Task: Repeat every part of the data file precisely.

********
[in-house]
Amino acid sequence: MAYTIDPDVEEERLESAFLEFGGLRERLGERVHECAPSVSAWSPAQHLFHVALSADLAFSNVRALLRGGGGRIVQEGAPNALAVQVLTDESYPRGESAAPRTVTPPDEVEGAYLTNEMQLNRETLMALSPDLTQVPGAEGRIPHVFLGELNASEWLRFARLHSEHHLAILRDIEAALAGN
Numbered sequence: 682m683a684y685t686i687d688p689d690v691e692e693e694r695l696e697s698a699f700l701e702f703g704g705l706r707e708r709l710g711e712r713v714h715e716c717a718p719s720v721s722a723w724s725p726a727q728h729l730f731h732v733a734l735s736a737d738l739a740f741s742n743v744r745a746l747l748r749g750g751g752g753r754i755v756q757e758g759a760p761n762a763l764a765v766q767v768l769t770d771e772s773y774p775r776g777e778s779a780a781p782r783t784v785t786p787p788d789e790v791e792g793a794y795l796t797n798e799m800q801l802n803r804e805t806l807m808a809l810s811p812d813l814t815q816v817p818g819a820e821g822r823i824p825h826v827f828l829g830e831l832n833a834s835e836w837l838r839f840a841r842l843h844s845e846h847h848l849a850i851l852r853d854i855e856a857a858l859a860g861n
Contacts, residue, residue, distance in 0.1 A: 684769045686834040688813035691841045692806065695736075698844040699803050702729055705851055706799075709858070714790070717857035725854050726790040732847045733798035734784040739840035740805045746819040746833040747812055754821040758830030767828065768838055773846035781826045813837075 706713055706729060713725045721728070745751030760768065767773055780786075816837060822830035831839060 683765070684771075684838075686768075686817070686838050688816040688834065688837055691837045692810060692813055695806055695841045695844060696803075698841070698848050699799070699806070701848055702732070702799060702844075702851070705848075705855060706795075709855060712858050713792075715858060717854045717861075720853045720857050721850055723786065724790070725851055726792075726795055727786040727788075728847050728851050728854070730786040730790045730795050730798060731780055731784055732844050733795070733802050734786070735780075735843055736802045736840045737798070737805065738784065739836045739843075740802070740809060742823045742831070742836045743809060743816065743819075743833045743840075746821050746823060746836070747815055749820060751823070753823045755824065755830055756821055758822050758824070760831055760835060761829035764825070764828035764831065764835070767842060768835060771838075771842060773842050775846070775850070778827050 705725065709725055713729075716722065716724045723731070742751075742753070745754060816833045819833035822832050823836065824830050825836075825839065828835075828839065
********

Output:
[in-house]
Amino acid sequence: MAYTIDPDVEEERLESAFLEFGGLRERLGERVHECAPSVSAWSPAQHLFHVALSADLAFSNVRALLRGGGGRIVQEGAPNALAVQVLTDESYPRGESAAPRTVTPPDEVEGAYLTNEMQLNRETLMALSPDLTQVPGAEGRIPHVFLGELNASEWLRFARLHSEHHLAILRDIEAALAGN
Numbered sequence: 682m683a684y685t686i687d688p689d690v691e692e693e694r695l696e697s698a699f700l701e702f703g704g705l706r707e708r709l710g711e712r713v714h715e716c717a718p719s720v721s722a723w724s725p726a727q728h729l730f731h732v733a734l735s736a737d738l739a740f741s742n743v744r745a746l747l748r749g750g751g752g753r754i755v756q757e758g759a760p761n762a763l764a765v766q767v768l769t770d771e772s773y774p775r776g777e778s779a780a781p782r783t784v785t786p787p788d789e790v791e792g793a794y795l796t797n798e799m800q801l802n803r804e805t806l807m808a809l810s811p812d813l814t815q816v817p818g819a820e821g822r823i824p825h826v827f828l829g830e831l832n833a834s835e836w837l838r839f840a841r842l843h844s845e846h847h848l849a850i851l852r853d854i855e856a857a858l859a860g861n
Contacts, residue, residue, distance in 0.1 A: 684769045686834040688813035691841045692806065695736075698844040699803050702729055705851055706799075709858070714790070717857035725854050726790040732847045733798035734784040739840035740805045746819040746833040747812055754821040758830030767828065768838055773846035781826045813837075 706713055706729060713725045721728070745751030760768065767773055780786075816837060822830035831839060 683765070684771075684838075686768075686817070686838050688816040688834065688837055691837045692810060692813055695806055695841045695844060696803075698841070698848050699799070699806070701848055702732070702799060702844075702851070705848075705855060706795075709855060712858050713792075715858060717854045717861075720853045720857050721850055723786065724790070725851055726792075726795055727786040727788075728847050728851050728854070730786040730790045730795050730798060731780055731784055732844050733795070733802050734786070735780075735843055736802045736840045737798070737805065738784065739836045739843075740802070740809060742823045742831070742836045743809060743816065743819075743833045743840075746821050746823060746836070747815055749820060751823070753823045755824065755830055756821055758822050758824070760831055760835060761829035764825070764828035764831065764835070767842060768835060771838075771842060773842050775846070775850070778827050 705725065709725055713729075716722065716724045723731070742751075742753070745754060816833045819833035822832050823836065824830050825836075825839065828835075828839065